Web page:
Emotional Intimacy allows space; Quality relationships try not to smother, but to create intimacy. Smothering behavior implies too much of something; proximity, verbalization, touch, expectations.  The amount a man or woman desires of quality time, touch or verbal affirmation varies person to person. There is no one right answer that fits all. The goal is to be a safe person so your man can give honest feedback, and if he says he feels pressured or needs space, to listen and modify your behavior. Learning to embrace difference instead of changing the other person to be more like you promotes your personal growth.

Smothering behavior alienates the other person. When someone stands too close to us while speaking, we back up. If they move closer again, we consider how to end the conversation. The smothering relationship is a more complicated version of this example.

During Relationship Therapy with my clients, the three most common causes of smothering type behavior I encounter are; poor self-image, processing issues, abandonment/rejection issues. A poor self-image can undermine a relationship by creating strong feelings of inadequacy that compel a woman to create the “too much” dynamic. This can be calling too much, not allowing ample individual time, demanding, excessive talking or being possessive.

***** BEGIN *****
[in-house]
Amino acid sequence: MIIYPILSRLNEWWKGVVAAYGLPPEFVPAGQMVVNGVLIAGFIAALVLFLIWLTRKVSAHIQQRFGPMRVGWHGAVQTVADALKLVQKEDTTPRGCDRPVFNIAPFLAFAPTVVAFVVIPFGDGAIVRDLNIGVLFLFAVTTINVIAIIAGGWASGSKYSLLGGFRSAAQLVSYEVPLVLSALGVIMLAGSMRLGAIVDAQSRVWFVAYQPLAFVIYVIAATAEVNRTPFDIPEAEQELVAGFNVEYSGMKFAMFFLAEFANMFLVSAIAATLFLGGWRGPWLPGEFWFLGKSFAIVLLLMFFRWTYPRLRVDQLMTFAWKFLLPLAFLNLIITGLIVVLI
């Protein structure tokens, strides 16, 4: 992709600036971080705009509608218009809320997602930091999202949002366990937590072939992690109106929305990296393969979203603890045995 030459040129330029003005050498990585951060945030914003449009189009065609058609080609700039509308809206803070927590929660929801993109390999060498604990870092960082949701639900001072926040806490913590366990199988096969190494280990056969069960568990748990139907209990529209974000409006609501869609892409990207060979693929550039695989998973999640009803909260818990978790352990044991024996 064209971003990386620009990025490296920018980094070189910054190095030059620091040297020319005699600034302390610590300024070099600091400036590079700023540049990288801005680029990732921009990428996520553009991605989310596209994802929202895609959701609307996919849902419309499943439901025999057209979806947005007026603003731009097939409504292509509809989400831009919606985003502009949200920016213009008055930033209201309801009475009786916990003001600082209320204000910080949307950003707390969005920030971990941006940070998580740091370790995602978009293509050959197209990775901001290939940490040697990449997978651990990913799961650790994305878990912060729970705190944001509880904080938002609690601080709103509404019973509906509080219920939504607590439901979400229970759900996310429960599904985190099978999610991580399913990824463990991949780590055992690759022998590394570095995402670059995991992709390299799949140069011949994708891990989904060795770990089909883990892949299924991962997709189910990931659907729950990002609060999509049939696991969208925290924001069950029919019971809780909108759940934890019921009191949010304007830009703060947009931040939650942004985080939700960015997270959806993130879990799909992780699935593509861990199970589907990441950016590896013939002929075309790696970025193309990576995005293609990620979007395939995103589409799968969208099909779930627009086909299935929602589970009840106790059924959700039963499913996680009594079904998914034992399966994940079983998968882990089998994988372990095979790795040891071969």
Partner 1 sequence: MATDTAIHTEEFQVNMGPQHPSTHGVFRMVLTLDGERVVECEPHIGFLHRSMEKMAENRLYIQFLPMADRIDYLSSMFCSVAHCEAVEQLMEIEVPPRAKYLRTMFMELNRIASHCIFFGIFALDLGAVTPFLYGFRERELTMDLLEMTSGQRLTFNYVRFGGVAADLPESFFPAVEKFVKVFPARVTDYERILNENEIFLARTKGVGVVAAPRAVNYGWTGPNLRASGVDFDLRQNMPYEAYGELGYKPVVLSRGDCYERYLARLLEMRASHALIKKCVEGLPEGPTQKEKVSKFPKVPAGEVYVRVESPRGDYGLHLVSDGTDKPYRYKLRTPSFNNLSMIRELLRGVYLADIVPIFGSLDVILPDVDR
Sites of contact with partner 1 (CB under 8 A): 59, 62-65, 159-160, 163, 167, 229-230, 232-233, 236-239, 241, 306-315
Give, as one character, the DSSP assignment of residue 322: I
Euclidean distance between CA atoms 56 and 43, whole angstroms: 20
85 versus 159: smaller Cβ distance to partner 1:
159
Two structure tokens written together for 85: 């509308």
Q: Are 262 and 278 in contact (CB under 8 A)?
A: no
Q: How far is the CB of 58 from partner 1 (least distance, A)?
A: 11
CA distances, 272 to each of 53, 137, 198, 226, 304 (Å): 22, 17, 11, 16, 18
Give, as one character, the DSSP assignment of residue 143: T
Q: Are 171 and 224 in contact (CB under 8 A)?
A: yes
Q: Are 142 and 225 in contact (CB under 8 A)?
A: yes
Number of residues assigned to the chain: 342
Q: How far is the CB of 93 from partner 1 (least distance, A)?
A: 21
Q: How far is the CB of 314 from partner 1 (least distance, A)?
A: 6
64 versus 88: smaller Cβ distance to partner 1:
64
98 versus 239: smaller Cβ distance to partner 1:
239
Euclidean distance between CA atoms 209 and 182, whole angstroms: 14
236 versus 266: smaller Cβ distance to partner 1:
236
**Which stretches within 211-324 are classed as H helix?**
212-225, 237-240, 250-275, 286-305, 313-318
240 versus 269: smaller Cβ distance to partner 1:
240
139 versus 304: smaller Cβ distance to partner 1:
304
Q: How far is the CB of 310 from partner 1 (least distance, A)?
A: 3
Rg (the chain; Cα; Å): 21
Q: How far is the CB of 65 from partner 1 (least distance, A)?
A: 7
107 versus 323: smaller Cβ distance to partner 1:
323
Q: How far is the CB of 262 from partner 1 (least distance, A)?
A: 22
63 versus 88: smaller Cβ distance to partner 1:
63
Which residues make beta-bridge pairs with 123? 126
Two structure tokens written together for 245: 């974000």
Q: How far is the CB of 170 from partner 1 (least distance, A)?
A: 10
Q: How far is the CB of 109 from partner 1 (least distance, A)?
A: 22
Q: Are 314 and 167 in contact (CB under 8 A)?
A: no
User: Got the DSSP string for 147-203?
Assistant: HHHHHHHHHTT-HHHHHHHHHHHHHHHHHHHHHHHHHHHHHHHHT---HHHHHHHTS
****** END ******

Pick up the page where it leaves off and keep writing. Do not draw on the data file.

Emotional intimacy allows space; By processing issue, I am referring to understanding how you are wired as a communicator, and how your man is wired. If the woman is an external processor and pressures her man to talk when he is not ready, share more and to share more quickly-he will withdraw or even shut down. If he is an internal processor, he will feel completely smothered by this. Again, both individuals need to embrace the difference and balance each other out. My final point is that the fear of being alone, being left, single, or not wanted, may drive a woman to engage is some of the smothering behaviors mentioned earlier. If issues of abandonment or rejection are significant, there have been painful experiences in the past that may need to be addressed in therapy. Create a quality relationship with abundant intimacy.


Copyright ©2013 Marta